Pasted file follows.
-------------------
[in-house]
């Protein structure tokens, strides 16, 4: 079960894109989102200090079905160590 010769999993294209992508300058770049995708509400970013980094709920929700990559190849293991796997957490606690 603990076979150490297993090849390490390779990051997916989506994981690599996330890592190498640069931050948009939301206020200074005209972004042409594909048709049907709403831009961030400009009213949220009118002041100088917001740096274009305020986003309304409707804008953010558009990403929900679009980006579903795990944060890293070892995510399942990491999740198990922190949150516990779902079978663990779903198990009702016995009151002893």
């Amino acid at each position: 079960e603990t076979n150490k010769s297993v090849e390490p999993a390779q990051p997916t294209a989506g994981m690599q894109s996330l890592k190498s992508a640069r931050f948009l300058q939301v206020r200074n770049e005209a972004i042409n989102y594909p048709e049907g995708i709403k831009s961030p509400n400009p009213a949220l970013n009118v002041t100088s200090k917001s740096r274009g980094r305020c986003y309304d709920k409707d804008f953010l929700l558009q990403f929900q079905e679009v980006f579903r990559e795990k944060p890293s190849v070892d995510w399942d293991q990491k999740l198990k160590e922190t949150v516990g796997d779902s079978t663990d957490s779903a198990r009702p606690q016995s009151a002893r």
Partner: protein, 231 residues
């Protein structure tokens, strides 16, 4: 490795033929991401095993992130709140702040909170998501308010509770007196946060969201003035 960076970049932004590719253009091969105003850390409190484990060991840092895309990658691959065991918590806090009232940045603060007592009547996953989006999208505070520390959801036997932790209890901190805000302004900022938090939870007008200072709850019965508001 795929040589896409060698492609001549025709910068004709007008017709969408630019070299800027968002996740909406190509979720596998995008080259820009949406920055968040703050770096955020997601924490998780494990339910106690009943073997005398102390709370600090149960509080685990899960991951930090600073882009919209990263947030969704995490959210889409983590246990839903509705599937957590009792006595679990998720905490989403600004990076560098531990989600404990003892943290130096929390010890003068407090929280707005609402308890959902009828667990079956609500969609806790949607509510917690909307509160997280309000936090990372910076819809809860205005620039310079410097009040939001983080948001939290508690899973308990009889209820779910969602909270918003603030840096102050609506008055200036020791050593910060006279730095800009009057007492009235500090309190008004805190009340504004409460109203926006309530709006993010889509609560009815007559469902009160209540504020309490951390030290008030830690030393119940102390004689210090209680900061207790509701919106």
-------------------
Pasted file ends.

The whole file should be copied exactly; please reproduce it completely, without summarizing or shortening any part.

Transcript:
[in-house]
């Protein structure tokens, strides 16, 4: 079960894109989102200090079905160590 010769999993294209992508300058770049995708509400970013980094709920929700990559190849293991796997957490606690 603990076979150490297993090849390490390779990051997916989506994981690599996330890592190498640069931050948009939301206020200074005209972004042409594909048709049907709403831009961030400009009213949220009118002041100088917001740096274009305020986003309304409707804008953010558009990403929900679009980006579903795990944060890293070892995510399942990491999740198990922190949150516990779902079978663990779903198990009702016995009151002893």
């Amino acid at each position: 079960e603990t076979n150490k010769s297993v090849e390490p999993a390779q990051p997916t294209a989506g994981m690599q894109s996330l890592k190498s992508a640069r931050f948009l300058q939301v206020r200074n770049e005209a972004i042409n989102y594909p048709e049907g995708i709403k831009s961030p509400n400009p009213a949220l970013n009118v002041t100088s200090k917001s740096r274009g980094r305020c986003y309304d709920k409707d804008f953010l929700l558009q990403f929900q079905e679009v980006f579903r990559e795990k944060p890293s190849v070892d995510w399942d293991q990491k999740l198990k160590e922190t949150v516990g796997d779902s079978t663990d957490s779903a198990r009702p606690q016995s009151a002893r």
Partner: protein, 231 residues
């Protein structure tokens, strides 16, 4: 490795033929991401095993992130709140702040909170998501308010509770007196946060969201003035 960076970049932004590719253009091969105003850390409190484990060991840092895309990658691959065991918590806090009232940045603060007592009547996953989006999208505070520390959801036997932790209890901190805000302004900022938090939870007008200072709850019965508001 795929040589896409060698492609001549025709910068004709007008017709969408630019070299800027968002996740909406190509979720596998995008080259820009949406920055968040703050770096955020997601924490998780494990339910106690009943073997005398102390709370600090149960509080685990899960991951930090600073882009919209990263947030969704995490959210889409983590246990839903509705599937957590009792006595679990998720905490989403600004990076560098531990989600404990003892943290130096929390010890003068407090929280707005609402308890959902009828667990079956609500969609806790949607509510917690909307509160997280309000936090990372910076819809809860205005620039310079410097009040939001983080948001939290508690899973308990009889209820779910969602909270918003603030840096102050609506008055200036020791050593910060006279730095800009009057007492009235500090309190008004805190009340504004409460109203926006309530709006993010889509609560009815007559469902009160209540504020309490951390030290008030830690030393119940102390004689210090209680900061207790509701919106």